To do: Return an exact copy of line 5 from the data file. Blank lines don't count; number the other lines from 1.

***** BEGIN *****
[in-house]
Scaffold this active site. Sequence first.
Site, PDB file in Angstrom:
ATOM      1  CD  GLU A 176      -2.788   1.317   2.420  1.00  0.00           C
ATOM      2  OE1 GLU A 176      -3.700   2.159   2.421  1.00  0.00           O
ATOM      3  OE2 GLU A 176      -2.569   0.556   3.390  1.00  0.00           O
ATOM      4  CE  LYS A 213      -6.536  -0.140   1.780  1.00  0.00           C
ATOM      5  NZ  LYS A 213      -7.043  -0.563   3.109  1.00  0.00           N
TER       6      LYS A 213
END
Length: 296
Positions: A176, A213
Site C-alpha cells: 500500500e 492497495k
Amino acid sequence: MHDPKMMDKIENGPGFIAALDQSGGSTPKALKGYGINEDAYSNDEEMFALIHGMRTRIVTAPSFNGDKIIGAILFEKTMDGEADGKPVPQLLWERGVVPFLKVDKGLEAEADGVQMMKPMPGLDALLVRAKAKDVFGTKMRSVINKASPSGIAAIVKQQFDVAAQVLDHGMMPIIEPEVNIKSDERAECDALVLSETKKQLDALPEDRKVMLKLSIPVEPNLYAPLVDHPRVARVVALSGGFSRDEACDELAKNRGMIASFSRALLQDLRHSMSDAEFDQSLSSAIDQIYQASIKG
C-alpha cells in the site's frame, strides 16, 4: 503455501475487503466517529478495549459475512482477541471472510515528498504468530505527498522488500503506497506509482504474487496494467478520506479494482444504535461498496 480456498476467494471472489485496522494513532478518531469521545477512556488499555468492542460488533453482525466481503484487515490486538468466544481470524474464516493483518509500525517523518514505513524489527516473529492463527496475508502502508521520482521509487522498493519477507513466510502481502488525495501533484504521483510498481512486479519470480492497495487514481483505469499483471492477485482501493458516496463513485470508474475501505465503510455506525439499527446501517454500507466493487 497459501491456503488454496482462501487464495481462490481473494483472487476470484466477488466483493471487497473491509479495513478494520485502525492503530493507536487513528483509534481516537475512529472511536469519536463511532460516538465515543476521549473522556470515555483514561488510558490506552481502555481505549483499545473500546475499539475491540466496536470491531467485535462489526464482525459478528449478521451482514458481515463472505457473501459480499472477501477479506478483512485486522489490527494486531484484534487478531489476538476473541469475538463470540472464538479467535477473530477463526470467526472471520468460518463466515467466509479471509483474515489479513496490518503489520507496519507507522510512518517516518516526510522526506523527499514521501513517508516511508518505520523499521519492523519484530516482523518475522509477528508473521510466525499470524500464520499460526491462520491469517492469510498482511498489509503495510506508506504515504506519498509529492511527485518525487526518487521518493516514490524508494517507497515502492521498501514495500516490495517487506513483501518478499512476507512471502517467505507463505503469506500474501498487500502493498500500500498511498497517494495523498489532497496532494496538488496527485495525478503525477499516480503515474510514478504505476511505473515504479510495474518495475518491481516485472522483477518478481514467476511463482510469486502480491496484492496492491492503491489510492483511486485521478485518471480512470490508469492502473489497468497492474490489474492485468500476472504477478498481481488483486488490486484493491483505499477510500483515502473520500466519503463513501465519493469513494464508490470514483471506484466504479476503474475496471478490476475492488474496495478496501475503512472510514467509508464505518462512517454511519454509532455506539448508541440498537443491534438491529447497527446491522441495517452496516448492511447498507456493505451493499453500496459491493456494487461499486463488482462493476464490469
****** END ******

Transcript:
ATOM      2  OE1 GLU A 176      -3.700   2.159   2.421  1.00  0.00           O